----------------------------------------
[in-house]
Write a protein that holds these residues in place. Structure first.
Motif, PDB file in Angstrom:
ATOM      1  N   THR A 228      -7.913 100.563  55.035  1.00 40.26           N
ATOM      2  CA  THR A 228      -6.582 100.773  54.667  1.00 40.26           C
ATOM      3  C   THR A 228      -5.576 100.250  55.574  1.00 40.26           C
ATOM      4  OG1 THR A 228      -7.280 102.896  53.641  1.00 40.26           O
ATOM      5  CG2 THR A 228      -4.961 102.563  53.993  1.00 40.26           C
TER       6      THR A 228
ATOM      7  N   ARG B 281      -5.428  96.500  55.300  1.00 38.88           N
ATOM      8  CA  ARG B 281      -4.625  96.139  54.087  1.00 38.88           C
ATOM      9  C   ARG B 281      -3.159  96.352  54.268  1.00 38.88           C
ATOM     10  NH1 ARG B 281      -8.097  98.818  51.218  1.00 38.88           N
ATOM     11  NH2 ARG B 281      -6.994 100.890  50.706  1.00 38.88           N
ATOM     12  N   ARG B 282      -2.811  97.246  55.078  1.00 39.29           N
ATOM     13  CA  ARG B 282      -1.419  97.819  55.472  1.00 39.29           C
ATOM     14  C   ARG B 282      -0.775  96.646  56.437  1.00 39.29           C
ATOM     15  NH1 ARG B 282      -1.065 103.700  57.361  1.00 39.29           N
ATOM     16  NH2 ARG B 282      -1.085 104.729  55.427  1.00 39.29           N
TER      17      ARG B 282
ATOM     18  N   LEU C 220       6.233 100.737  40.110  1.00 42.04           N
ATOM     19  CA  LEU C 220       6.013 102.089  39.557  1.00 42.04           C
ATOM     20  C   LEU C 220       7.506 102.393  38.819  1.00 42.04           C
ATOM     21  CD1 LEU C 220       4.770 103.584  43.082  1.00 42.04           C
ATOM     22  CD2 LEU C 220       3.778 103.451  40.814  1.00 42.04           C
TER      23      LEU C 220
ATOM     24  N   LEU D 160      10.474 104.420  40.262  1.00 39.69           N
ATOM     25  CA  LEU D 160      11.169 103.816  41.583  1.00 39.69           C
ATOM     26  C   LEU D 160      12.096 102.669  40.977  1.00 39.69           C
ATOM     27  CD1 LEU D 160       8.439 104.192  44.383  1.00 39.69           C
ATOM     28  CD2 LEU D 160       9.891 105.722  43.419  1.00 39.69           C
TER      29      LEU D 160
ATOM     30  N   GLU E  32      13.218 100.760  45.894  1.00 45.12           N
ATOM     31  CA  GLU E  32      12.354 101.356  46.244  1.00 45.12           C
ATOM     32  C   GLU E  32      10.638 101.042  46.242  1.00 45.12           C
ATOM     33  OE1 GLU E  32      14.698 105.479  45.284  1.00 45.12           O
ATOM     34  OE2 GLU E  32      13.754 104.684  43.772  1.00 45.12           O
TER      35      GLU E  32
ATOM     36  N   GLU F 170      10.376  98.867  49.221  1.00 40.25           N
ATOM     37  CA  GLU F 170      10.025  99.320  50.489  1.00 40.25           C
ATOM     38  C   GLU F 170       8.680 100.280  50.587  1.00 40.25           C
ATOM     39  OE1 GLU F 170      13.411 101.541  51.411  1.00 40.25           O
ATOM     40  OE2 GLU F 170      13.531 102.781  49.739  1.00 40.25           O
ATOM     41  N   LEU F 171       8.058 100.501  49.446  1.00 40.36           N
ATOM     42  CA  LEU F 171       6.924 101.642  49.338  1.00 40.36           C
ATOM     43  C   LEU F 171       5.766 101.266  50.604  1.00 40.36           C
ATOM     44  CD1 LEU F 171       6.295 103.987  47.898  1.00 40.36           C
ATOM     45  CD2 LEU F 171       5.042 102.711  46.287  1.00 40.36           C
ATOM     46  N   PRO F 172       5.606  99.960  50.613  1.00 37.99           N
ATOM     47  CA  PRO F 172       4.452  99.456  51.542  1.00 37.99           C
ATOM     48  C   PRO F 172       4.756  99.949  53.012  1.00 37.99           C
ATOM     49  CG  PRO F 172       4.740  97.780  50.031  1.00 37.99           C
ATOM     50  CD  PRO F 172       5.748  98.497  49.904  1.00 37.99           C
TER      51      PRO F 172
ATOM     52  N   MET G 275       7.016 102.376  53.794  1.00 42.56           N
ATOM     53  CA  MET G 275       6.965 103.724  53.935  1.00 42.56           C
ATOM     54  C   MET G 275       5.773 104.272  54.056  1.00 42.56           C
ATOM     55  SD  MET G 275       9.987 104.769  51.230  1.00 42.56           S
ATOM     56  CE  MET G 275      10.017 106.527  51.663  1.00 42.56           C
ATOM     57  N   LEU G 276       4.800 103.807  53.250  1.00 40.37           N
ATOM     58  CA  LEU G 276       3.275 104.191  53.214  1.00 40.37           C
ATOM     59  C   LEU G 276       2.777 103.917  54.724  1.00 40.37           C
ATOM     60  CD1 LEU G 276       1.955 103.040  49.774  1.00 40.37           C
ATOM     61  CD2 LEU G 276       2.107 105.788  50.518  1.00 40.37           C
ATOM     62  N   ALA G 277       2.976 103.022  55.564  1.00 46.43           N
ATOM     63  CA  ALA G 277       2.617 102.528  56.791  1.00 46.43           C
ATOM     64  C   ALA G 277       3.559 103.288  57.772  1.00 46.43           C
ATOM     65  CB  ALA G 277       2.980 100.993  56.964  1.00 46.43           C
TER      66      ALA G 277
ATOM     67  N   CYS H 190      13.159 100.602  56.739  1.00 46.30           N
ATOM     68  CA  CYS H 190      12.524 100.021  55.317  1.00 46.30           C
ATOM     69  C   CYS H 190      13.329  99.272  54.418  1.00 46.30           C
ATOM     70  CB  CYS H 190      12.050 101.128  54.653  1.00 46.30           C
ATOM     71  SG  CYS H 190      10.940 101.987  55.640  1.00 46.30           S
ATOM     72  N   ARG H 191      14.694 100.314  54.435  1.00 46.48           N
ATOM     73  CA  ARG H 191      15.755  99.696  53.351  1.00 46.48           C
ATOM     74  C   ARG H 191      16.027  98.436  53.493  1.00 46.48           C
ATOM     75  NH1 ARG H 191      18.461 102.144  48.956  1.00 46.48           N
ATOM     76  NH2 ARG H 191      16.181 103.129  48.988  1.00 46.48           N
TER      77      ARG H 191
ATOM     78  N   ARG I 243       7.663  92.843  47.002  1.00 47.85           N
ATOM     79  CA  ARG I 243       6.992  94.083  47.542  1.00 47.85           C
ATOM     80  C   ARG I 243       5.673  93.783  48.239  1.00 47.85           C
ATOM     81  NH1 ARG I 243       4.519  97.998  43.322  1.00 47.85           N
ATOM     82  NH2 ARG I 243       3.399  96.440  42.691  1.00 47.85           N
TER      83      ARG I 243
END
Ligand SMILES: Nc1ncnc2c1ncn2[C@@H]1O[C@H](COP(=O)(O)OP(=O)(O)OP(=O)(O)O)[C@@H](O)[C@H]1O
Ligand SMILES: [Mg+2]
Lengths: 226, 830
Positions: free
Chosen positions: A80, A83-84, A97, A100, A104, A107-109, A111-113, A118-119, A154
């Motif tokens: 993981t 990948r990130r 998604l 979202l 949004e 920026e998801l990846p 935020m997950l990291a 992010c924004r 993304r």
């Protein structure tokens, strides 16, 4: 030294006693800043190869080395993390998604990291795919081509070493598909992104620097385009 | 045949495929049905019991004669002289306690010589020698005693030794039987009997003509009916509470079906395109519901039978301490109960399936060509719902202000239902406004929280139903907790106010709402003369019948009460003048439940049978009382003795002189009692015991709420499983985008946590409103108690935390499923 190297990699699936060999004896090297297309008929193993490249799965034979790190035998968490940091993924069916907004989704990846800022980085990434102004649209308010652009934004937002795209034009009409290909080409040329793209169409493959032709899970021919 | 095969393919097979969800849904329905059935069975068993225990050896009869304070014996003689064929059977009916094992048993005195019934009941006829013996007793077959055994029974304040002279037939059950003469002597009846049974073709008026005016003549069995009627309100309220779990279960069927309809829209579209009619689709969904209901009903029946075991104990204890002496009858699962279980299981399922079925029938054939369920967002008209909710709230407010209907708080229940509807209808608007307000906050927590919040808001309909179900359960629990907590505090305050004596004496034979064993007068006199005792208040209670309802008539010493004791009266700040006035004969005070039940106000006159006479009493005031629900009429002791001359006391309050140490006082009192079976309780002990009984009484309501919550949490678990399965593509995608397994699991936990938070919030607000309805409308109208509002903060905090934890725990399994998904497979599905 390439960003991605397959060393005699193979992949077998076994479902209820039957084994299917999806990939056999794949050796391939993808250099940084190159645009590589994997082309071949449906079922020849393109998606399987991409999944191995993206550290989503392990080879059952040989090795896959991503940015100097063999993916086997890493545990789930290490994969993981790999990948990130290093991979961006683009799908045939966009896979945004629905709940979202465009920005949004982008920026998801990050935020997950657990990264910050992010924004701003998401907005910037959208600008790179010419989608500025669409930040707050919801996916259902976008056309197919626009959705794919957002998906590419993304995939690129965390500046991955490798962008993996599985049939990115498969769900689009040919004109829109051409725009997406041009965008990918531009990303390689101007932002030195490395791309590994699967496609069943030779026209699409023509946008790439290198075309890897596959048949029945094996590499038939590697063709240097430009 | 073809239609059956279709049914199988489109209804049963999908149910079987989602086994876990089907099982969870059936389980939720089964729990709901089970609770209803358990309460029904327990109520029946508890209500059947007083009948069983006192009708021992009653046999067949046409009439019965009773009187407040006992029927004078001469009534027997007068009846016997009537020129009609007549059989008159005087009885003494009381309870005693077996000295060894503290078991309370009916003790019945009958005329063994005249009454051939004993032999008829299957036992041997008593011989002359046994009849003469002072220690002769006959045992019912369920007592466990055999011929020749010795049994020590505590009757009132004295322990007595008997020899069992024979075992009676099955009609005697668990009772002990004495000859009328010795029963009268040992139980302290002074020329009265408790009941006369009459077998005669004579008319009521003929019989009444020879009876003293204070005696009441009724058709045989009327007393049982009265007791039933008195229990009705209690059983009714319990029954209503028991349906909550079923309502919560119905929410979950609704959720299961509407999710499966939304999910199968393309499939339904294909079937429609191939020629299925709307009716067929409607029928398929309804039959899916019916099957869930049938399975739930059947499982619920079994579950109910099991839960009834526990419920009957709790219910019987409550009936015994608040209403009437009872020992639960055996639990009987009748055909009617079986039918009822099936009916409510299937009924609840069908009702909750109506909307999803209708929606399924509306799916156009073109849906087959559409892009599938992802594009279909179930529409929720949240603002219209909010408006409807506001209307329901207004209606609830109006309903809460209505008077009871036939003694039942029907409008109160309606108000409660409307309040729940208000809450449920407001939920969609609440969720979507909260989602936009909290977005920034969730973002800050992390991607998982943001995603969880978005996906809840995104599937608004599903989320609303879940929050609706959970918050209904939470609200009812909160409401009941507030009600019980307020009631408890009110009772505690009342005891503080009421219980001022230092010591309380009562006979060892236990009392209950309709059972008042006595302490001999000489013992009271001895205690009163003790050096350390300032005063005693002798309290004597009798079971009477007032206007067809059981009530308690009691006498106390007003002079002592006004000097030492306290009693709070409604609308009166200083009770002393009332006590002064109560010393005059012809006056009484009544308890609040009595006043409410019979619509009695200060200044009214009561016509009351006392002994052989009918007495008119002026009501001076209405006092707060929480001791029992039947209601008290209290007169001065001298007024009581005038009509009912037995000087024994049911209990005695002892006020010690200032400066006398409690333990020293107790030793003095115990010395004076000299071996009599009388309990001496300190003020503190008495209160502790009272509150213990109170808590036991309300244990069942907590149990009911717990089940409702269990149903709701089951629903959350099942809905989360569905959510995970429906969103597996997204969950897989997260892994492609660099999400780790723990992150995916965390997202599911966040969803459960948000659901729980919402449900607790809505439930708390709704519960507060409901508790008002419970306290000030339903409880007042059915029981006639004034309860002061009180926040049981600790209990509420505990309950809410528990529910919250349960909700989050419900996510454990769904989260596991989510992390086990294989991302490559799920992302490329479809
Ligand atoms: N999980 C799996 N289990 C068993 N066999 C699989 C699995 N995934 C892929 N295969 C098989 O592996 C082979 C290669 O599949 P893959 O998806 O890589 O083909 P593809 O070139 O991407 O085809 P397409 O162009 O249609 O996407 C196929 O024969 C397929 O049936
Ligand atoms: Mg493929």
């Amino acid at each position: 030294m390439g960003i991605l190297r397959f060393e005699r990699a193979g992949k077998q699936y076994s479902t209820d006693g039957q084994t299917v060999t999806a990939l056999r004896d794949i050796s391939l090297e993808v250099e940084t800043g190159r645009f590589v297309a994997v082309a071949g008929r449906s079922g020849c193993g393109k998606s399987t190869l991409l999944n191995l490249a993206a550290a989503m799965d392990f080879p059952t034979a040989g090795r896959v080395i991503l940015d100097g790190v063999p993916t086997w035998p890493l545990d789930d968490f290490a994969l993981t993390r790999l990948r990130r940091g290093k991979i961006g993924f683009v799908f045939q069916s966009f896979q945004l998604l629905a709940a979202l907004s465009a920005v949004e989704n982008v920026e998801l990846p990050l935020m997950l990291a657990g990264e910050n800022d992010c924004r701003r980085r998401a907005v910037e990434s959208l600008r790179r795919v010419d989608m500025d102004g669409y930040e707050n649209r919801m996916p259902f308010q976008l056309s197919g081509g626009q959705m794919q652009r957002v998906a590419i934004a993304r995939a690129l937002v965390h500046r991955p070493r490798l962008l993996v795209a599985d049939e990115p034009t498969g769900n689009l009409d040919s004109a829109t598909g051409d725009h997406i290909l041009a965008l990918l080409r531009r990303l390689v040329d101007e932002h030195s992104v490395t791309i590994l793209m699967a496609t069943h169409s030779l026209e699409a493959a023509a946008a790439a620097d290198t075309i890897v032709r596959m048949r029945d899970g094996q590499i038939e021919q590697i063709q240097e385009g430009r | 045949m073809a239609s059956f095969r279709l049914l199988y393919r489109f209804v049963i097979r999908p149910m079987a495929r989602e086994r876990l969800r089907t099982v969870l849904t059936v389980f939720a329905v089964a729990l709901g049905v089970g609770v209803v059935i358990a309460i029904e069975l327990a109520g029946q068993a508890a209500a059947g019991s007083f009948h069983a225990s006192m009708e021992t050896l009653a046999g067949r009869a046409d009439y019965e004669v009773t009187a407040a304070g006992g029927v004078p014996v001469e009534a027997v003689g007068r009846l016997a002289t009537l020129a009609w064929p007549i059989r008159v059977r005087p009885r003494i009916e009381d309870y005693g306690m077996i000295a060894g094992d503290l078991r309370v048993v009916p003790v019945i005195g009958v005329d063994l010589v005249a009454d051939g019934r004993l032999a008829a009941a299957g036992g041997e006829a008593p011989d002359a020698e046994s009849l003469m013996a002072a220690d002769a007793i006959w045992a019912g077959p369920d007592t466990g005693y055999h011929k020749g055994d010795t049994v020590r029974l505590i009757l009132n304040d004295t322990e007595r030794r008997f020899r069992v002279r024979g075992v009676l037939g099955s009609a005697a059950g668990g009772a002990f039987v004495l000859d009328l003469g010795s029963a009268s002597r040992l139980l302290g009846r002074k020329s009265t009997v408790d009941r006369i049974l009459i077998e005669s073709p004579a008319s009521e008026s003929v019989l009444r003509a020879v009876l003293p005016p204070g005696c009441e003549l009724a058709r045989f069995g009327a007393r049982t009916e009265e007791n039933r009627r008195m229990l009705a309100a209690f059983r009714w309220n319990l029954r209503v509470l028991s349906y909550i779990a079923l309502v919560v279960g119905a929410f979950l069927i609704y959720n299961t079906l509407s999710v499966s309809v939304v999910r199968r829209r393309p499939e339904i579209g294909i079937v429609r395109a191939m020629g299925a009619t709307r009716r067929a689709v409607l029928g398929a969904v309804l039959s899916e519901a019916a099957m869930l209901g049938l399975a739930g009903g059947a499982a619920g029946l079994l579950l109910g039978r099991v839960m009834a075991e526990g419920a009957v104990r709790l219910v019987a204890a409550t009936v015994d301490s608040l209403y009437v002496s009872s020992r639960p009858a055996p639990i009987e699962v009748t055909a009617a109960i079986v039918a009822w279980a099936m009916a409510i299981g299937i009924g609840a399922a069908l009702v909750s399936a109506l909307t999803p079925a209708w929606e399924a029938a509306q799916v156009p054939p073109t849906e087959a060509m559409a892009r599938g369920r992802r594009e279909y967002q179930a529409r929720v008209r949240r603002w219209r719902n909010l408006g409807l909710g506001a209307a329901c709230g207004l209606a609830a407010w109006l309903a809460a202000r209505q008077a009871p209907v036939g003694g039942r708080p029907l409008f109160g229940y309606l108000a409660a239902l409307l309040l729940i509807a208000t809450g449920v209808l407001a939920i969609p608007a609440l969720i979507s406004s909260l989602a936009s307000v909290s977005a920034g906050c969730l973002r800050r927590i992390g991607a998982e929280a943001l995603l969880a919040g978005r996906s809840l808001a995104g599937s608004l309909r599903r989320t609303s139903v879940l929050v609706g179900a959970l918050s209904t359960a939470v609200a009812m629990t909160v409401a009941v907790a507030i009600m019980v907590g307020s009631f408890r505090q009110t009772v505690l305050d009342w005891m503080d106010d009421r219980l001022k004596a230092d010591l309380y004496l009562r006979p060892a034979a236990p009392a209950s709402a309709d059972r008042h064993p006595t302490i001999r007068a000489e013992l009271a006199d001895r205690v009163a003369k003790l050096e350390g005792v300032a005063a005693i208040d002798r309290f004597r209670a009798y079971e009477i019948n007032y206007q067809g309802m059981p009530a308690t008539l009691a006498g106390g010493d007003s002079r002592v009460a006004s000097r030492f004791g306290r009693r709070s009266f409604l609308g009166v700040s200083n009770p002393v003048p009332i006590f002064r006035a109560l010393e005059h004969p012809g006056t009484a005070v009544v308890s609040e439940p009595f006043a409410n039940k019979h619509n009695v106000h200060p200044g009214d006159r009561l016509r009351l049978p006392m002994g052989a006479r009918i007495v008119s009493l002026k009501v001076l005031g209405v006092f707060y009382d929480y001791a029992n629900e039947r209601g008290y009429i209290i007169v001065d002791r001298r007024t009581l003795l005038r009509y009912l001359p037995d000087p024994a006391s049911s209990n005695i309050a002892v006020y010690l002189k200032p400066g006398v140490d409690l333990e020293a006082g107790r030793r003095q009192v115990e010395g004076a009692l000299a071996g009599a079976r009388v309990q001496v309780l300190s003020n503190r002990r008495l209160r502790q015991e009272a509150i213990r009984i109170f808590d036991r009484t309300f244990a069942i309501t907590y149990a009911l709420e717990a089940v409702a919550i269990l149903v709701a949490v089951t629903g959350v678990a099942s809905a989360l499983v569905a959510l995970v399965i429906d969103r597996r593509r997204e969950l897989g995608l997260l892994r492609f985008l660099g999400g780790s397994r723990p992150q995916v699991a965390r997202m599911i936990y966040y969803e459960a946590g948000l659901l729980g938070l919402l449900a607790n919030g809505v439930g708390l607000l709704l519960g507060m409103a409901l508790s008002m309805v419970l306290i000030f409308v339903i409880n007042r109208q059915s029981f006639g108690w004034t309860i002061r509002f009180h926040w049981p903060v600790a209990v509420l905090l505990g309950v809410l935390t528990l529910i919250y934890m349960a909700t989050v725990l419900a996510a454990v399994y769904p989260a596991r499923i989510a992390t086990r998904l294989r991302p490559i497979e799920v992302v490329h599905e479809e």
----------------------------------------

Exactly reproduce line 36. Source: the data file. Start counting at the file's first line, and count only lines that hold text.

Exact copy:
ATOM     33  OE1 GLU E  32      14.698 105.479  45.284  1.00 45.12           O